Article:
The Jamaican Sunshine girls opened their Netball World Cup campaign with their usual exuberance, efficiently defeating the Fijian Pearls 85 to 29.
Australian fans would have been comforted to see Romelda Aiken get the start for Jamaica, albeit with a compression stocking on her left calf. Her connection with goal attack Shanice Beckford took a little time to grow during the first term, but when it was on, they were near unstoppable.
Despite the crowd giving Shamera Sterling a rousing welcome onto court, it was her defensive partner, Vangelee Williams, who had the most impact in their third of the court during the first. Williams was impressive across all the key stats, collecting three gains, two intercepts and two deflections while only conceding three penalties for the term.
Speaking after the game, Williams was humble in accepting praise for her performance. “My team count on me for intercepts, so when I can’t give them any I really feel bad. So when I’m preparing in my room, preparing for the game, I’m visualising what I can do and how I can win balls, so that is always my aim as a defender, get interception, get deflection. I was working with my centre, and I was even calling my goal defence as well, so it was like a full team defence.”
Regardless of the pressures being applied by the Sunshine Girls, the Pearls still showed moments of brilliance in their shooting circle. Goal shooter Matila Vocea was using her body well to draw the defenders to circle edge which effectively set a screen for goal attack, Unaisi Rauluni.
The passes over the top from Fijian midcourters Kaitlyn Fisher and Aliti Toribau were risky but at times they were placed perfectly and taken in strong by the shooters.
The Sunshine Girls opted to make a raft of changes to their line-up at the start of the second quarter. The changes worked well as they pushed the lead out and at times went on impressive goal scoring sprees, the largest of which was 11 goals which went unanswered.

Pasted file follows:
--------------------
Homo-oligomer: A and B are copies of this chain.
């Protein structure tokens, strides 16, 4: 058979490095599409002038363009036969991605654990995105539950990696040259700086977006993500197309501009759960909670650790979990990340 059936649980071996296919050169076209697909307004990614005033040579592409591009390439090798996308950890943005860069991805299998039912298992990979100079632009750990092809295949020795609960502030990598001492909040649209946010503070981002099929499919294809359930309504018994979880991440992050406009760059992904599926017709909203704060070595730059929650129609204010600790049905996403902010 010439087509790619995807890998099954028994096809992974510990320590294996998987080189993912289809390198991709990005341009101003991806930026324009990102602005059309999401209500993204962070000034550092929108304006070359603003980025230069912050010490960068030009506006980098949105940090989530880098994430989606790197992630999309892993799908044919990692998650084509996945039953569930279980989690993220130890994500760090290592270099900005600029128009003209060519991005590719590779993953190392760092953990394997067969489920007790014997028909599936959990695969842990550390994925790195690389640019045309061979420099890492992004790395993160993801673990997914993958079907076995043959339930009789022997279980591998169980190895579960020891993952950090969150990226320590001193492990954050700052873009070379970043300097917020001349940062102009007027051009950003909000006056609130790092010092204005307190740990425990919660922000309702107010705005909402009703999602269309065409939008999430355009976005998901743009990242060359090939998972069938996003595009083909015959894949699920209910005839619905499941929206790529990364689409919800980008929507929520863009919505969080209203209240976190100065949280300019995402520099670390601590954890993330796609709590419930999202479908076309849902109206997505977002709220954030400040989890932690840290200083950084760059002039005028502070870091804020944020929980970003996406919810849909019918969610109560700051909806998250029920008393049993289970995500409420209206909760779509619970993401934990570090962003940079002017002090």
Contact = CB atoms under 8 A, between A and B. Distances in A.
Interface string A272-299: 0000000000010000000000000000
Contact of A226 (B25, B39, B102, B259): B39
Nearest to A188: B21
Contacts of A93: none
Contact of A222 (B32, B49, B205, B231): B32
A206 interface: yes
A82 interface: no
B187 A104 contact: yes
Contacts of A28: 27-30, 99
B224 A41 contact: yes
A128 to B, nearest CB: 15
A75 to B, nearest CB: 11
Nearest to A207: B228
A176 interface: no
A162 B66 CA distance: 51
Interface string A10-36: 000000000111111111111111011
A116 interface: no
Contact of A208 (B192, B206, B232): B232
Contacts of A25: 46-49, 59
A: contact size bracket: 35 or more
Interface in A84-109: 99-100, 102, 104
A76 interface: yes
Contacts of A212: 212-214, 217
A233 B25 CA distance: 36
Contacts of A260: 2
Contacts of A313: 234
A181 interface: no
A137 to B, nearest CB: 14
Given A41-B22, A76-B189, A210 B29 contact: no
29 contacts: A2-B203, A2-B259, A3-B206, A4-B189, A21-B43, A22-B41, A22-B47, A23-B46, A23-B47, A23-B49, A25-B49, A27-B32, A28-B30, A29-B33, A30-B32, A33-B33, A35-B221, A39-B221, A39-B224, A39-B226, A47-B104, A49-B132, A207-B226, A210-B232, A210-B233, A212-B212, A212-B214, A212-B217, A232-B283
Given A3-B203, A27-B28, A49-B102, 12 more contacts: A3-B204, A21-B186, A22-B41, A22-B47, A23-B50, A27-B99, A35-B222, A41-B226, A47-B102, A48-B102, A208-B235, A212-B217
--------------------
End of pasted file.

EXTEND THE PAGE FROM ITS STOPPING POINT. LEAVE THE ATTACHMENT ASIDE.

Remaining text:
The growing goal difference played havoc with the Pearl feeder’s heads as they began to hold onto the ball too long in attack. Often times their shooters would make nice leads or baseline drives yet not receive the ball.
Speaking after the game, Fijian coach, Vicki Wilson said, “Jamaica did a great job in shutting down all the space and we started to play too narrow.”
By the end of the first half the Sunshine Girls had pushed their lead to 26 goals.
At the start of the third, powerhouse Jhaniele Folwer came into the game. Her impact was immediate, as she seamlessly potted 9/9 within the first five minutes of play.
Toward the end of the quarter Fiji defenders Adi Vakaoca Bolakoro and Kelera Nawani adjusted their positioning and challenged more effectively in the air. On several occasions they got hand to ball but were unable to keep hold of it.
Down the other end Kadie-Ann Dehaney made her World Cup debut picking off easy intercepts and gains.
The last quarter was by far the best from the Pearls as they utilised the full width of the court and made the Jamaican defence spread out.
Despite the thumping, Fiji coach, Vicki Wilson was still pleased with what her side produced. Speaking after the match she said, “The way we started in those first ten minutes was great. There was some good things out there. We still won ball, I think we averaged six gains per quarter, so that was really pleasing. It was tough trying to find space so that finish in the last quarter was good.”
Jamican Sunshine Girls
GS Romelda Aiken
GA Shanice Beckford
WA Khadijah Williams
C Adean Thomas
WD Jodiann Ward
GD Vangelee Williams
GK Shamera Sterling
GS Matila Vocea
GA Unaisi Rauluni
WA Kaitlyn Fisher
C Aliti Toribau
WD Alisi Galo
GD Kelera Nawai
GK Episake Kahatoka
Romelda Aiken 26/36 72.2%
Shanice Beckford 11/13 84.6%
Jhaniele Fowler 33/35 94.3
Rebekah Robinson 15/17 88.2%
Matila Vocea. 4/5. 80%
Unaisi Rauluni. 6/8. 75%
Aliti Toribau. 4/4 100%
Lydia Panapasa 6/9. 66.7%
Laisani Waqa. 9/11 81.8%
Adean Thomas (Jamaica) 3
Vangelee Williams (Jamaica) 2
Nicole Dixon (Jamaica) 2
Shanice Beckford (Jamaica) 16
Khadijah Williams (Jamaica) 16
Unaisi Rauluni (Fiji) 10